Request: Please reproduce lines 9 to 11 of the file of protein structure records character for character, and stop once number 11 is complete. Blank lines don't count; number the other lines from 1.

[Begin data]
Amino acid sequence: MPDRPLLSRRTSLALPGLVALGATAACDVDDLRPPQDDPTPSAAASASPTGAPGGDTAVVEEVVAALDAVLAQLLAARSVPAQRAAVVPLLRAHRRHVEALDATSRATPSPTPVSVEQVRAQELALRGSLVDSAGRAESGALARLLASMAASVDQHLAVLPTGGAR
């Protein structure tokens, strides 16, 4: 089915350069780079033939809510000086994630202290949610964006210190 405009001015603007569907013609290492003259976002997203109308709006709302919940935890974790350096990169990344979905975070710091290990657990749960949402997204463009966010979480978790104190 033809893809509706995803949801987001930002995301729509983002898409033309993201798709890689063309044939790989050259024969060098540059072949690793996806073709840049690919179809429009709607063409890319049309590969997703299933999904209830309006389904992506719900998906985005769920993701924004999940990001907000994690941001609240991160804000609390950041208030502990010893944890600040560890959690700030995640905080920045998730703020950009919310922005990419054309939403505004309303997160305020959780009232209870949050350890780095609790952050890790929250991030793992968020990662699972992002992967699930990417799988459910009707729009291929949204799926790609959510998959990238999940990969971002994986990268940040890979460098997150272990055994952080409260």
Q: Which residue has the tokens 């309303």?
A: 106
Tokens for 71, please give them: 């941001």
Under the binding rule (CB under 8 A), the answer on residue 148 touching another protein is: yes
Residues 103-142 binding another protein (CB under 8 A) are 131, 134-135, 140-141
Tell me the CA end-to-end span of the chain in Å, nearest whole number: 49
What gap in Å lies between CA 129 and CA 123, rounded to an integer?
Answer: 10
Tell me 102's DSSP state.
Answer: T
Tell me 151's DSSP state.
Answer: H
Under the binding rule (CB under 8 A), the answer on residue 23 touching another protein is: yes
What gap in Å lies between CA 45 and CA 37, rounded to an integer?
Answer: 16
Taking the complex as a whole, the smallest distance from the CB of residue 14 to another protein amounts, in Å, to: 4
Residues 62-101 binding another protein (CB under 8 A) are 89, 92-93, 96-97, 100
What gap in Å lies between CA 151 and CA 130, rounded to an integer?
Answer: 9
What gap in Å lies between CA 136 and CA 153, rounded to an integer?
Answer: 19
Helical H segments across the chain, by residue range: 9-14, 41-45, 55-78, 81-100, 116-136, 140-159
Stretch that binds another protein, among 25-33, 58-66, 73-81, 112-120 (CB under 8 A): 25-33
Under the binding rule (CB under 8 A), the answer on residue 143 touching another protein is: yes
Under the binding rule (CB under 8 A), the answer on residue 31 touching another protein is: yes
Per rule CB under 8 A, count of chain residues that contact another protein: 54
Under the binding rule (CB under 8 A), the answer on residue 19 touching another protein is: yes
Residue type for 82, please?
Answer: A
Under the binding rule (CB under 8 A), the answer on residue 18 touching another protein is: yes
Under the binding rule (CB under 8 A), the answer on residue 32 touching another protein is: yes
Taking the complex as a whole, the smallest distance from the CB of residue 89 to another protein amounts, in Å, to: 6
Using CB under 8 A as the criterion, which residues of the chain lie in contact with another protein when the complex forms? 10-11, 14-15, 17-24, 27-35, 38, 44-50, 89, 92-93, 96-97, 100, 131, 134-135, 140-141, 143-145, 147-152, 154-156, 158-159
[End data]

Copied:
What gap in Å lies between CA 129 and CA 123, rounded to an integer?
Answer: 10
Tell me 102's DSSP state.